Since March, five times as many Illinois residents have filed for unemployment as those who asked for aid during the Great Recession. On Monday, two tech advocacy groups launched an initiative to get Illinoisans back to work.
Named TechReady Illinois, the initiative offers residents discounted online courses in data and analytics, cybersecurity, cloud computing and software engineering. It’s championed by the P33 tech advocacy group and Discovery Partners Institute, a division of the University of Illinois school system that promotes technical education. The two groups worked with the University of Chicago, University of Illinois, City Colleges of Chicago and Illinois Institute of Technology to offer their regular courses for a fraction of their normal cost.
P33 CEO Brad Henderson said he hoped to enroll thousands of Illinois residents in the next few weeks, particularly women and people of color, since those groups have been historically underrepresented in the tech industry and are also acutely affected by layoffs caused by the coronavirus.
“Women and people of color are underrepresented in tech, and this has been true not just for 2020, it was true in 2000 and true in 1980,” Henderson told Built In. “This pandemic has just exacerbated all those historical trends.”
In April, women accounted for 55 percent of the 20.5 million jobs lost in the United States, according to the National Women’s Law Center. Black and brown women have been most affected by layoffs, according to the report, with more than 16 percent of black women unemployed and 20 percent of Latinas out of work. During the last recession, Henderson said the number of available tech jobs actually increased during the crisis. He said he expected the same thing to happen this time around.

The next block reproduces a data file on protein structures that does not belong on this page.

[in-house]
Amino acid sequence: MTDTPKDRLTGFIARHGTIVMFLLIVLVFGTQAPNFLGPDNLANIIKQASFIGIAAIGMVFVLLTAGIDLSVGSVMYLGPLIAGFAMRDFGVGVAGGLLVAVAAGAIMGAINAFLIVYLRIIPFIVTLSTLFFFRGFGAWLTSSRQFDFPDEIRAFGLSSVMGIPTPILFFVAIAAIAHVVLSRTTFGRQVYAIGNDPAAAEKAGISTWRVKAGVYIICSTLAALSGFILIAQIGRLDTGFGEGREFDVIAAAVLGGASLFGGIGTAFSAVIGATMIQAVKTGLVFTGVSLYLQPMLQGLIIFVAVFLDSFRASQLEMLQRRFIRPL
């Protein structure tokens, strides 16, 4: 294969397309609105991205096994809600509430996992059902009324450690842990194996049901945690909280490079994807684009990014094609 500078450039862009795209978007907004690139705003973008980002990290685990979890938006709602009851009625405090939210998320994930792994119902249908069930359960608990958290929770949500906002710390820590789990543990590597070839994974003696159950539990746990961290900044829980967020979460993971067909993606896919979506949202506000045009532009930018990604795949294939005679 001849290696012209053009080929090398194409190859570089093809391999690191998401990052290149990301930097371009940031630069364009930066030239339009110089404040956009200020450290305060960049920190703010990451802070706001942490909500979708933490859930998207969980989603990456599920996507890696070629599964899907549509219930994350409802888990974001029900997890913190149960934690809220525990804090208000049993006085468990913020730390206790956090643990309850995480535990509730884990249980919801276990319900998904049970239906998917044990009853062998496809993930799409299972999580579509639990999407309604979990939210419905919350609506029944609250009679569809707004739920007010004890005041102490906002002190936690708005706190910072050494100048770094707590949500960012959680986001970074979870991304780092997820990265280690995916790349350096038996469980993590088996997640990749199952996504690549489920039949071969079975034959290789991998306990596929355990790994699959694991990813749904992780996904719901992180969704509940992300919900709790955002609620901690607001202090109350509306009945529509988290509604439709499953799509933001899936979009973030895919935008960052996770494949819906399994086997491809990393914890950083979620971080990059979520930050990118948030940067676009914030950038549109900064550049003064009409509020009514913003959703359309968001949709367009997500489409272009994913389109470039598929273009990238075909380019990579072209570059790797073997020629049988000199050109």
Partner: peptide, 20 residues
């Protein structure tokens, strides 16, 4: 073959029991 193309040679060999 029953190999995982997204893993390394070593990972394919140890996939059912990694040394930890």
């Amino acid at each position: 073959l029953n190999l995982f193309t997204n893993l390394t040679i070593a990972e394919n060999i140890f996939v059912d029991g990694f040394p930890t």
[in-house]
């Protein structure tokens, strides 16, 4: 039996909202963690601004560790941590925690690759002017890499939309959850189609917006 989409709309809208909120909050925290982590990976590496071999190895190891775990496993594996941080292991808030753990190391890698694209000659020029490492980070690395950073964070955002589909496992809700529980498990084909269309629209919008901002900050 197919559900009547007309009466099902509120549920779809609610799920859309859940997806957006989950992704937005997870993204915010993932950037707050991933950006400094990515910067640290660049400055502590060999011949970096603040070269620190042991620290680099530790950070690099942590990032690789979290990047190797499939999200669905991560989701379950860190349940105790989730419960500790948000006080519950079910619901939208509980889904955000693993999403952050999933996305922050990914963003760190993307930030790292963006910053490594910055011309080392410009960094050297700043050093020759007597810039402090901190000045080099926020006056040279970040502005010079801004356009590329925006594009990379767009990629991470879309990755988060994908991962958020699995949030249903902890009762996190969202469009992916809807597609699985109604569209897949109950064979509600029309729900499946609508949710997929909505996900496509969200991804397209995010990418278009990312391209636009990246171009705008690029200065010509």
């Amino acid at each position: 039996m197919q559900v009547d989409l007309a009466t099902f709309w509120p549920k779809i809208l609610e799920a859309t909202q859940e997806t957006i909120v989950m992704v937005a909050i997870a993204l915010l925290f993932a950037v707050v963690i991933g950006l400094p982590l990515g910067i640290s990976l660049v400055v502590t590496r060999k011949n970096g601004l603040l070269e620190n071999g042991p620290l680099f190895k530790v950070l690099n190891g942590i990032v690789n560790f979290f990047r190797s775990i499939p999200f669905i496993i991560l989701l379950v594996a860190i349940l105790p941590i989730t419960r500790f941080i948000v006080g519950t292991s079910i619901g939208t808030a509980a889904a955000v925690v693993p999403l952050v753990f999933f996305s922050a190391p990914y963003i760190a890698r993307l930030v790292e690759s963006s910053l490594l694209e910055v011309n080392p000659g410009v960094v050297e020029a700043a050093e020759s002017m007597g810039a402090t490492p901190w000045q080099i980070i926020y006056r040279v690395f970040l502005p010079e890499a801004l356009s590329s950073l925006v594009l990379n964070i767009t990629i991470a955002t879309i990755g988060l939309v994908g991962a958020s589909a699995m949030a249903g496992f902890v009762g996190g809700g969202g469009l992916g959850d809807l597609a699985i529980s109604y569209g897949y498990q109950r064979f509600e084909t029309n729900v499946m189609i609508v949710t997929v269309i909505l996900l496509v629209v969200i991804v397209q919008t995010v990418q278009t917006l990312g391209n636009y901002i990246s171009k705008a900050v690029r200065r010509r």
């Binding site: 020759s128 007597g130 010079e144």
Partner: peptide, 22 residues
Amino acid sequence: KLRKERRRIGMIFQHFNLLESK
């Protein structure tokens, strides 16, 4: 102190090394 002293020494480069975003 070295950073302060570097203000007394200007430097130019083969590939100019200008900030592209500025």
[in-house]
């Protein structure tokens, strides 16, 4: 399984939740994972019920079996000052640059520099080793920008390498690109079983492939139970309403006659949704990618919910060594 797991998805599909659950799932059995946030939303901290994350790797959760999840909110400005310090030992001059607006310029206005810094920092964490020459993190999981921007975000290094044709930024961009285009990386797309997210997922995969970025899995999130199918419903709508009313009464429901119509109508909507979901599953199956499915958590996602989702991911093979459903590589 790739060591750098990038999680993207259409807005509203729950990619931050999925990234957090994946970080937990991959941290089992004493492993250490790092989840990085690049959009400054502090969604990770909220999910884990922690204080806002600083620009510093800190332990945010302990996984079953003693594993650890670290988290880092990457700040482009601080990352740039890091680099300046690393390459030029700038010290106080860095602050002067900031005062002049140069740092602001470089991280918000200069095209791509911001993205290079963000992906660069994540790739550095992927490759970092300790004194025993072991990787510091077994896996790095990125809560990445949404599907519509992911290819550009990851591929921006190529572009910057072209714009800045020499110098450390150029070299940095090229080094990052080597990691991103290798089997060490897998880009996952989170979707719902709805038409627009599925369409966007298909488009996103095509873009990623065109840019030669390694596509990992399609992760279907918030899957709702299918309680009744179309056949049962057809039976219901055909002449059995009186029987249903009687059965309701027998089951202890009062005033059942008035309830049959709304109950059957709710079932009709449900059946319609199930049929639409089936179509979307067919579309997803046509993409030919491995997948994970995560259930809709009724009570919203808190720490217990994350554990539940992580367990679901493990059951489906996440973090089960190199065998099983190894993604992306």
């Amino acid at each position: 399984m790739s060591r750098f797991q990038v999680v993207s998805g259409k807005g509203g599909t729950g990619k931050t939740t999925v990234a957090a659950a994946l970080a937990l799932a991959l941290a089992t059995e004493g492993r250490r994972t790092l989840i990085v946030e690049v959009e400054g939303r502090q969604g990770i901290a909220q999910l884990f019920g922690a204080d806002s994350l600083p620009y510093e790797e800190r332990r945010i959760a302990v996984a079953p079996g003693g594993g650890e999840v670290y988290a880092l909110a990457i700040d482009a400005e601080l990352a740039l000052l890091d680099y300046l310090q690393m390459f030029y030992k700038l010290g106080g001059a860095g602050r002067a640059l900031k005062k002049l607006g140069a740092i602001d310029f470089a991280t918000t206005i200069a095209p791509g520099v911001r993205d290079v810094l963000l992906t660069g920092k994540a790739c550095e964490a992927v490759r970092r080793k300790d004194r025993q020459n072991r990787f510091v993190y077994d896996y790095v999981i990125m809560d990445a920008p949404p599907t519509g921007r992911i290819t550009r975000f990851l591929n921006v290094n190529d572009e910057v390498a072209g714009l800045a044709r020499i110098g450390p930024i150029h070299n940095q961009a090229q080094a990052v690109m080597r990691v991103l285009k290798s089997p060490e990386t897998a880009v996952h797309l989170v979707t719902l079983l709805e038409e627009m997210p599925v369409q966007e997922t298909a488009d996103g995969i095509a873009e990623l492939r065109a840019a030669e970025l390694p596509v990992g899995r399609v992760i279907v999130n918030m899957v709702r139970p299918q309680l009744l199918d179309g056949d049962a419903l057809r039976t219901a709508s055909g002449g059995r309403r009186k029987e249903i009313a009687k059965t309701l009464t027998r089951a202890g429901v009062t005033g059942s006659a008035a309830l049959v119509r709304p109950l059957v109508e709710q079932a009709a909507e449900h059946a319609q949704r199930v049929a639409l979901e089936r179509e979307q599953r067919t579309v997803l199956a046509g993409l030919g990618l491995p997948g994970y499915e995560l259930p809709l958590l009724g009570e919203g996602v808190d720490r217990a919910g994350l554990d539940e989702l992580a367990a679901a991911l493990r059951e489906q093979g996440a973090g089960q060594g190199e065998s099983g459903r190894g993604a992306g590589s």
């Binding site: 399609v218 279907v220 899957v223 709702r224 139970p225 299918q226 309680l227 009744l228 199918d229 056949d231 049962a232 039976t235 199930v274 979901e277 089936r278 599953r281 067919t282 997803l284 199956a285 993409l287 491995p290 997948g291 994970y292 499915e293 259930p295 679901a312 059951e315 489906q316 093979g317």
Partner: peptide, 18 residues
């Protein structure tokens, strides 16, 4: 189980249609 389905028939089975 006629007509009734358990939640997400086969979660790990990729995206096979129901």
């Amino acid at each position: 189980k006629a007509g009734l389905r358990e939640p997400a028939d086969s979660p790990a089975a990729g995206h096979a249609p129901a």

“The reality is, tech jobs haven’t been hit as hard,” Henderson said. “This has made the challenges that we all need to address together, for people of color and women, that much harder. It makes our programming that much more essential.”
He said women and black and Latinx people often lack the social network needed to land a job at Google. TechReady Illinois offers them the additional skills, as well as the social support, to get their dream job as a software developer, which he said is traditionally a higher paying job in a growing industry.
In addition to helping new employees enter the tech industry, Henderson said the new initiative is also aiming to help current employees sharpen their skills. Programs on its website are listed according to foundational, intermediate and advanced skillsets. The current initiative offers 20 programs across the four fields, which can lead to 12 different certifications. Admission requirements vary.
Beyond the current economic crisis, Henderson said he wants to add more universities into the system, and grow the number of participants to “tens of thousands.” In time, he aims to offer the program to current college and high school students. He also aims to add more employers to the network, with TechReady Illinois students eventually serving in micro internships through the program, or receiving professional mentors.
“If you’re a kid in Pilsen, you’re thinking, ‘Well, how do I get that big job downtown by the time I’m 24 years old?’ It is a very fragmented town. We have a diverse economy, we have diverse institutions,” Henderson said. “We wanted to create more of a shared platform, something we can build together, something employers and universities can invest in.”